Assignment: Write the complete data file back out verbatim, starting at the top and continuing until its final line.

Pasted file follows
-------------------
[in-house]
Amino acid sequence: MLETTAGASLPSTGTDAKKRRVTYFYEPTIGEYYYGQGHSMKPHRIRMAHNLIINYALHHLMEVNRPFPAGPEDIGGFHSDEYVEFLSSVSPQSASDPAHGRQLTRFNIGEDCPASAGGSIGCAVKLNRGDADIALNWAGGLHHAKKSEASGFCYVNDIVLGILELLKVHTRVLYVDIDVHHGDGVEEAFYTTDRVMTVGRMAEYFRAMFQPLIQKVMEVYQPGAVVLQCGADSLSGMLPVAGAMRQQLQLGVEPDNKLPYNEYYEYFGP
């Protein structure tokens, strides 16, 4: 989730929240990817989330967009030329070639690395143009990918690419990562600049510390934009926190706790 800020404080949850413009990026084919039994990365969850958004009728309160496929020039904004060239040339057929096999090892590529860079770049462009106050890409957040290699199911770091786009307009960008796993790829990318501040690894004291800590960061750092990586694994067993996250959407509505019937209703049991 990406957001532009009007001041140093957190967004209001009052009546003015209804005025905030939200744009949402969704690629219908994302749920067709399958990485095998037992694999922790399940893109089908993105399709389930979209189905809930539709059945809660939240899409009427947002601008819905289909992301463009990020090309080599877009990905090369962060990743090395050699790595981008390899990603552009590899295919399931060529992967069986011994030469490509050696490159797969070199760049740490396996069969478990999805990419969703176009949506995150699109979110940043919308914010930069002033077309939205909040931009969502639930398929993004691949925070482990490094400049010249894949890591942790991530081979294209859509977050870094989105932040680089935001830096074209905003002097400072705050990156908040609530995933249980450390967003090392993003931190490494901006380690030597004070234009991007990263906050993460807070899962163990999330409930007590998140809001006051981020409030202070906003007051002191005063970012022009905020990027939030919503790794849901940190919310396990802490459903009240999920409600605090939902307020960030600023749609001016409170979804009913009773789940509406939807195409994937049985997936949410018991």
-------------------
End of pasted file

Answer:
[in-house]
Amino acid sequence: MLETTAGASLPSTGTDAKKRRVTYFYEPTIGEYYYGQGHSMKPHRIRMAHNLIINYALHHLMEVNRPFPAGPEDIGGFHSDEYVEFLSSVSPQSASDPAHGRQLTRFNIGEDCPASAGGSIGCAVKLNRGDADIALNWAGGLHHAKKSEASGFCYVNDIVLGILELLKVHTRVLYVDIDVHHGDGVEEAFYTTDRVMTVGRMAEYFRAMFQPLIQKVMEVYQPGAVVLQCGADSLSGMLPVAGAMRQQLQLGVEPDNKLPYNEYYEYFGP
């Protein structure tokens, strides 16, 4: 989730929240990817989330967009030329070639690395143009990918690419990562600049510390934009926190706790 800020404080949850413009990026084919039994990365969850958004009728309160496929020039904004060239040339057929096999090892590529860079770049462009106050890409957040290699199911770091786009307009960008796993790829990318501040690894004291800590960061750092990586694994067993996250959407509505019937209703049991 990406957001532009009007001041140093957190967004209001009052009546003015209804005025905030939200744009949402969704690629219908994302749920067709399958990485095998037992694999922790399940893109089908993105399709389930979209189905809930539709059945809660939240899409009427947002601008819905289909992301463009990020090309080599877009990905090369962060990743090395050699790595981008390899990603552009590899295919399931060529992967069986011994030469490509050696490159797969070199760049740490396996069969478990999805990419969703176009949506995150699109979110940043919308914010930069002033077309939205909040931009969502639930398929993004691949925070482990490094400049010249894949890591942790991530081979294209859509977050870094989105932040680089935001830096074209905003002097400072705050990156908040609530995933249980450390967003090392993003931190490494901006380690030597004070234009991007990263906050993460807070899962163990999330409930007590998140809001006051981020409030202070906003007051002191005063970012022009905020990027939030919503790794849901940190919310396990802490459903009240999920409600605090939902307020960030600023749609001016409170979804009913009773789940509406939807195409994937049985997936949410018991």